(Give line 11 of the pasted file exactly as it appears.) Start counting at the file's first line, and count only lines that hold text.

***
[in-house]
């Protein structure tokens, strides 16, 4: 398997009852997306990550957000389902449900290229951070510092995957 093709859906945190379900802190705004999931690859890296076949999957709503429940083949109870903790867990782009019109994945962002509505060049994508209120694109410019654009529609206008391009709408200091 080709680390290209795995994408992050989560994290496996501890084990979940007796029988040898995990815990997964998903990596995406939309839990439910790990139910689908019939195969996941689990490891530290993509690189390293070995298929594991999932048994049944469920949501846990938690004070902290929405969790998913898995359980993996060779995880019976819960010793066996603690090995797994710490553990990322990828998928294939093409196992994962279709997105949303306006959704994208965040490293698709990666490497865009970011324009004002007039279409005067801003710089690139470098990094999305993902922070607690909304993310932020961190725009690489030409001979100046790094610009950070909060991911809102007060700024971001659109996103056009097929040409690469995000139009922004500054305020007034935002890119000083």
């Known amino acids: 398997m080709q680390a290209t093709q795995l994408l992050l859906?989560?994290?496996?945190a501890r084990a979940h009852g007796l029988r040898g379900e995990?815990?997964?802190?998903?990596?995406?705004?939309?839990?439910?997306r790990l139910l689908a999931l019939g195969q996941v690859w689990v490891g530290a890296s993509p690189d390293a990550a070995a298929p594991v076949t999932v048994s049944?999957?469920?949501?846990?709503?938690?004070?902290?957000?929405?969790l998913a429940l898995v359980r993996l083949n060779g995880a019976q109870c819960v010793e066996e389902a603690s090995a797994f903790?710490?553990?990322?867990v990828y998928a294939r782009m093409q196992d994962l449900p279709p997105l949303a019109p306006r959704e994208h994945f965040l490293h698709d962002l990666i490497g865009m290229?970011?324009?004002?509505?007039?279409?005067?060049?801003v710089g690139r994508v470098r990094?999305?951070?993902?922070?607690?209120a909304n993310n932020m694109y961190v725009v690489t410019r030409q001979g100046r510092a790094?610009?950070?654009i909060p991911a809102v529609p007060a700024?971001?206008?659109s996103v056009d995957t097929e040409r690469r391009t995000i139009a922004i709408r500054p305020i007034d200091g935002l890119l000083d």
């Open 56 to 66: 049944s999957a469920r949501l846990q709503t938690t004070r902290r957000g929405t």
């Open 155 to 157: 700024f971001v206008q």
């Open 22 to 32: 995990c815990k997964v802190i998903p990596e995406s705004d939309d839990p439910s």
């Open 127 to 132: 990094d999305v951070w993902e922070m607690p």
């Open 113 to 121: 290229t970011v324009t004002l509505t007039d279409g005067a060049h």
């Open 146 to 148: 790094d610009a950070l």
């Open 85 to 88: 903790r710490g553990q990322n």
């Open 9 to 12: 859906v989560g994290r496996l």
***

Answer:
């Open 9 to 12: 859906v989560g994290r496996l």